A federal judge Thursday stripped the citizenship of convicted Muslim leader Imam Fawaz Damra, setting in motion what could be years of fighting over his deportation.
Federal prosecutors assured Damra that they would hold off on the deportation proceedings and not detain him until after the 6th Circuit U.S. Court of Appeals decides the imam’s appellate case. Deportation proceedings cannot begin until the 6th Circuit decides his appeal, the judge ruled.
U.S. District Judge James Gwin made the citizenship ruling three days after he sentenced Damra to two months in prison and four months of home confinement for hiding his ties to terror. Damra must report to prison Nov. 22, after the Muslim holy month of Ramadan.
The process of appealing the conviction is likely to be slow. Many decisions take as long as 14 to 18 months. U.S. Attorney Gregory White said his office may ask for an expedited appeal.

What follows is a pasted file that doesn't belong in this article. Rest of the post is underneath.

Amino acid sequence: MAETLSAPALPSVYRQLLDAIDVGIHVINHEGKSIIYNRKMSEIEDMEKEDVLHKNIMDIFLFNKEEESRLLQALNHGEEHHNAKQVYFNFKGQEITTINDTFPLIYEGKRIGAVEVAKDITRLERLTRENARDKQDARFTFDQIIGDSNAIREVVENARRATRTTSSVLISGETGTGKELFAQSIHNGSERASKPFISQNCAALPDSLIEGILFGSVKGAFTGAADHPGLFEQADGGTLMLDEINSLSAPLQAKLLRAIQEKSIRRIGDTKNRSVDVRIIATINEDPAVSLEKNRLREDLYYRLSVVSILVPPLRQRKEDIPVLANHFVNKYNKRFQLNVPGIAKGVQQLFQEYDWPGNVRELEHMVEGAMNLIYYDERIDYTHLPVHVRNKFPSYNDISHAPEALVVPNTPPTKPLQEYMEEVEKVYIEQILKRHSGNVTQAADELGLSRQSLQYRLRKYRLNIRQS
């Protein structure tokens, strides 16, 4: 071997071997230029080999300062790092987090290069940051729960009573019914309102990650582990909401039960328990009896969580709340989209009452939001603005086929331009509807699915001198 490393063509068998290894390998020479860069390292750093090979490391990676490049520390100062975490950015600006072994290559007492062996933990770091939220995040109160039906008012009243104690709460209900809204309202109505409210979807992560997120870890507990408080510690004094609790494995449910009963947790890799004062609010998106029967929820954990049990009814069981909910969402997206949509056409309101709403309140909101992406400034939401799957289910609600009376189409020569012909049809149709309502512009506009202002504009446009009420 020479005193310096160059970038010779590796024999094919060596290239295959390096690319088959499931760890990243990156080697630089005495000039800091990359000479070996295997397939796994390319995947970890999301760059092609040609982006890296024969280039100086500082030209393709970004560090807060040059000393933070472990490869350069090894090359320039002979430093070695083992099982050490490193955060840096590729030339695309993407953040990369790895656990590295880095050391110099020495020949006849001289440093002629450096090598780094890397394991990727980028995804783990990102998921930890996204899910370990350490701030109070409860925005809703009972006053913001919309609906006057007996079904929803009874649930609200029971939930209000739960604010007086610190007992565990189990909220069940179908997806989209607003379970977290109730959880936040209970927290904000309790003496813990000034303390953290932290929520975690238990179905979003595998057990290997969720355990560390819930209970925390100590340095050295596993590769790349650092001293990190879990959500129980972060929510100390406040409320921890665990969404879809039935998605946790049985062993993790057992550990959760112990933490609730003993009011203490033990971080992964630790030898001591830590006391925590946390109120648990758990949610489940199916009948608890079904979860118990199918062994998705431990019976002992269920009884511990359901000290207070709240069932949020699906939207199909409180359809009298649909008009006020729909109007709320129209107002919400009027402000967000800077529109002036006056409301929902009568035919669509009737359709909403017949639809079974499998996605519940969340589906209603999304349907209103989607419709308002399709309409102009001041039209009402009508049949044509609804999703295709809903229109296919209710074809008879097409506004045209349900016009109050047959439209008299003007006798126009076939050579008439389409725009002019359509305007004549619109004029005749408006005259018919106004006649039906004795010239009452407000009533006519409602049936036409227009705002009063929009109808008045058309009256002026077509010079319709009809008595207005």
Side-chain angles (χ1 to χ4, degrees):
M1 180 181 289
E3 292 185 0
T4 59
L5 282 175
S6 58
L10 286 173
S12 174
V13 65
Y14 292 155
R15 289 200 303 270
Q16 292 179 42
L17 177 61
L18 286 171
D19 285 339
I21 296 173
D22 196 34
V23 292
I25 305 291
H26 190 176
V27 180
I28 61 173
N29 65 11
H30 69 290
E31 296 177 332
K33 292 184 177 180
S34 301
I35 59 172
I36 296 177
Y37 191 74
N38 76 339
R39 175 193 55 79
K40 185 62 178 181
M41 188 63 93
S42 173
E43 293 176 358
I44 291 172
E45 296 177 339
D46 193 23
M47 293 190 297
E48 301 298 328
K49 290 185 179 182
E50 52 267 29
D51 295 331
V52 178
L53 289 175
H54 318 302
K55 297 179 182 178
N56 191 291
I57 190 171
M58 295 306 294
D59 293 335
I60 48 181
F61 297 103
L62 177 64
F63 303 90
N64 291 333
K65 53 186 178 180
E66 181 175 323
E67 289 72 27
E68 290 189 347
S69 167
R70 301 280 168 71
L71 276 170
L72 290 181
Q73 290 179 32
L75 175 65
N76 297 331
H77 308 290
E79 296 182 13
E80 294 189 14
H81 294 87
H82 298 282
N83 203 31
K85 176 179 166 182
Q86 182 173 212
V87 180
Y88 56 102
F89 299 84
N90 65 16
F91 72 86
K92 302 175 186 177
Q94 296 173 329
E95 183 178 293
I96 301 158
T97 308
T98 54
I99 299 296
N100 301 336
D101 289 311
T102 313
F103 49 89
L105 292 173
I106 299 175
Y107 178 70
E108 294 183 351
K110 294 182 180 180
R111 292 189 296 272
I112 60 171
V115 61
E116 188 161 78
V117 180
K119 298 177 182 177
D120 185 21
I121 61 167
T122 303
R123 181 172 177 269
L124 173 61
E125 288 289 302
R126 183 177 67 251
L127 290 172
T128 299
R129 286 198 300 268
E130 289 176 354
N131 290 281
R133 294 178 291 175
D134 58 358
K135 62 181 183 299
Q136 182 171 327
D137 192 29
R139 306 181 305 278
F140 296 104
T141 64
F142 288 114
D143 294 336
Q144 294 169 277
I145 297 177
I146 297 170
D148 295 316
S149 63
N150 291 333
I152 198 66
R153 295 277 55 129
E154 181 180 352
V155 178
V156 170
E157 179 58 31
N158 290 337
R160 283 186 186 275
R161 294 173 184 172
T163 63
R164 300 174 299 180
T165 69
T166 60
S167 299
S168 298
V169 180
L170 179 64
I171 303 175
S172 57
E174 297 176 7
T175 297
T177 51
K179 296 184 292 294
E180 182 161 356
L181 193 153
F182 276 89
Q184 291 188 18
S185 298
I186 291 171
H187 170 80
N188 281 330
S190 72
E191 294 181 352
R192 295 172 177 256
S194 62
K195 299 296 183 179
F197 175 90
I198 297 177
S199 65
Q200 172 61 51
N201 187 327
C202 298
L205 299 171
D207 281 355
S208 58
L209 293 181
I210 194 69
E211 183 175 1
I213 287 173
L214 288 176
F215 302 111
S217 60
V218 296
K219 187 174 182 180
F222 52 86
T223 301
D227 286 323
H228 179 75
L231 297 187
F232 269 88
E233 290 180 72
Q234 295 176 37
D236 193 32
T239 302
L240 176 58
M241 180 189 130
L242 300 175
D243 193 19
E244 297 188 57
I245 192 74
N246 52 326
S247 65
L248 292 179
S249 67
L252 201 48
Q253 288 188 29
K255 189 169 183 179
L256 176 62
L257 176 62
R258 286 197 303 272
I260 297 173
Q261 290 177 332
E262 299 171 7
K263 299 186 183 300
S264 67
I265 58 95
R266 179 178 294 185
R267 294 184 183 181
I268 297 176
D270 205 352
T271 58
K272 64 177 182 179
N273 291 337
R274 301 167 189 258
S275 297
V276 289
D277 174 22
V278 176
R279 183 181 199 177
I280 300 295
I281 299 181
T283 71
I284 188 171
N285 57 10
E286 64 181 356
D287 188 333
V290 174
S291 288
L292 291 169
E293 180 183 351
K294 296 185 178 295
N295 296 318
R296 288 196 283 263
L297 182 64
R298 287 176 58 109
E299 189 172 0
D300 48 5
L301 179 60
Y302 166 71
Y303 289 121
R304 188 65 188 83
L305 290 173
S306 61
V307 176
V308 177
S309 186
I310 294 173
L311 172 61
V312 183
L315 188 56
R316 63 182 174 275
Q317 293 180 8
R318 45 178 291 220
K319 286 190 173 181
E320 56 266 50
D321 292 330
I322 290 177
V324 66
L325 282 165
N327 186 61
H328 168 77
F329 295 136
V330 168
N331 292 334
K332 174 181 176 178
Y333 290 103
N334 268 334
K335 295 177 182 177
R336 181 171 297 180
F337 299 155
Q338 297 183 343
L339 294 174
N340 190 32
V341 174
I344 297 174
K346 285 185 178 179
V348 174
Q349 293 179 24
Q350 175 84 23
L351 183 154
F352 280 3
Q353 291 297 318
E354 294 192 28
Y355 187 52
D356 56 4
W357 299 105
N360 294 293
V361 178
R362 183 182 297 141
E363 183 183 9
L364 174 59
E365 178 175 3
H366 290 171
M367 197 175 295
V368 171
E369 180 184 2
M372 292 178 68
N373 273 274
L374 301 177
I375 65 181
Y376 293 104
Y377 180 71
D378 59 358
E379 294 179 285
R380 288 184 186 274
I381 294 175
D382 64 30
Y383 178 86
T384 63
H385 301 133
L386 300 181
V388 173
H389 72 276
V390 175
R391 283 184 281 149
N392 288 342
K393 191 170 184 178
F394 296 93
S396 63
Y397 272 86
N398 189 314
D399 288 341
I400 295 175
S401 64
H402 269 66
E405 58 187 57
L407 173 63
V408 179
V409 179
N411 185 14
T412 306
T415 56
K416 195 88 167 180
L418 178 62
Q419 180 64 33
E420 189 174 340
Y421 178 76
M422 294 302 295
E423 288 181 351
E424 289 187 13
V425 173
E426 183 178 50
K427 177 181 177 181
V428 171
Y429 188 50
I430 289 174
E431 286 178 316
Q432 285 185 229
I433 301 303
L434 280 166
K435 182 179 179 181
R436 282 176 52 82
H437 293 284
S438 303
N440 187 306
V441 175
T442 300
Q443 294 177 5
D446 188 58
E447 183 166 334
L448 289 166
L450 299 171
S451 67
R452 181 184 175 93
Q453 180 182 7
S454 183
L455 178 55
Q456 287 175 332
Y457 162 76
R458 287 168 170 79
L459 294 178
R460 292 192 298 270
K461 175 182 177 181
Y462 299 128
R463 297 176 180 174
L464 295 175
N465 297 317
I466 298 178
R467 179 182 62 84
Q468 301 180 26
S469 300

“Whatever we can do to get this done quickly, we will,” White said. “The main thing for us from the beginning was to get this individual out of the country. He doesn’t deserve to be a U.S. citizen.”
Attorney David Leopold filed papers to represent Damra in federal immigration court on the day of sentencing, but said there’s nothing to do unless Damra loses his appeal. If that happens, Damra’s immigration case moves forward.
In that event, Leopold said, Damra’s immigrant status should revert to what it was before he was granted citizenship – that of green-card holder, or legal permanent resident.
It’s a common misconception, Leopold said, that people stripped of their citizenship “are shown the door” out of the United States.
“There are many, many people in this country who are not citizens,” Leopold said. “As legal permanent residents, they live here for many years.”